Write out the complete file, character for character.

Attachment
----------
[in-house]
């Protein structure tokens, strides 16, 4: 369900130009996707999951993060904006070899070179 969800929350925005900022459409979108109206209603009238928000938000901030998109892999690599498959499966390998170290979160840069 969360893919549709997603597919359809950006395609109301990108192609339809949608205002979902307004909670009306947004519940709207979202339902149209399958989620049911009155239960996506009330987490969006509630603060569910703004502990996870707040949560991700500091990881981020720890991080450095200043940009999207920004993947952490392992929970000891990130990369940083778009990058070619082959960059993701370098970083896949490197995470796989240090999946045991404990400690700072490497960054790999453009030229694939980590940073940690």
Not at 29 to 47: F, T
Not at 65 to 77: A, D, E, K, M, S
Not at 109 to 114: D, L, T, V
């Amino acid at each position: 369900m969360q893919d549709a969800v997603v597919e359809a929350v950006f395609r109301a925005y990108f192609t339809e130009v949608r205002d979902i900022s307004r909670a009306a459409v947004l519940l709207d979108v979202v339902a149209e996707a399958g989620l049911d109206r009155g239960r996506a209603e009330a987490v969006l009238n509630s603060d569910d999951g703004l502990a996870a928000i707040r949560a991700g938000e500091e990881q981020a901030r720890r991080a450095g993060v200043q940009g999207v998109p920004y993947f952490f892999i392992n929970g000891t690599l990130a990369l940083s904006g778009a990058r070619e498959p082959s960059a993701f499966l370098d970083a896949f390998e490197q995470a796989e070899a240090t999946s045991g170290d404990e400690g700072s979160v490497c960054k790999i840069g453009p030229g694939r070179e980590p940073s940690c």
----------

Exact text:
[in-house]
């Protein structure tokens, strides 16, 4: 369900130009996707999951993060904006070899070179 969800929350925005900022459409979108109206209603009238928000938000901030998109892999690599498959499966390998170290979160840069 969360893919549709997603597919359809950006395609109301990108192609339809949608205002979902307004909670009306947004519940709207979202339902149209399958989620049911009155239960996506009330987490969006509630603060569910703004502990996870707040949560991700500091990881981020720890991080450095200043940009999207920004993947952490392992929970000891990130990369940083778009990058070619082959960059993701370098970083896949490197995470796989240090999946045991404990400690700072490497960054790999453009030229694939980590940073940690």
Not at 29 to 47: F, T
Not at 65 to 77: A, D, E, K, M, S
Not at 109 to 114: D, L, T, V
């Amino acid at each position: 369900m969360q893919d549709a969800v997603v597919e359809a929350v950006f395609r109301a925005y990108f192609t339809e130009v949608r205002d979902i900022s307004r909670a009306a459409v947004l519940l709207d979108v979202v339902a149209e996707a399958g989620l049911d109206r009155g239960r996506a209603e009330a987490v969006l009238n509630s603060d569910d999951g703004l502990a996870a928000i707040r949560a991700g938000e500091e990881q981020a901030r720890r991080a450095g993060v200043q940009g999207v998109p920004y993947f952490f892999i392992n929970g000891t690599l990130a990369l940083s904006g778009a990058r070619e498959p082959s960059a993701f499966l370098d970083a896949f390998e490197q995470a796989e070899a240090t999946s045991g170290d404990e400690g700072s979160v490497c960054k790999i840069g453009p030229g694939r070179e980590p940073s940690c």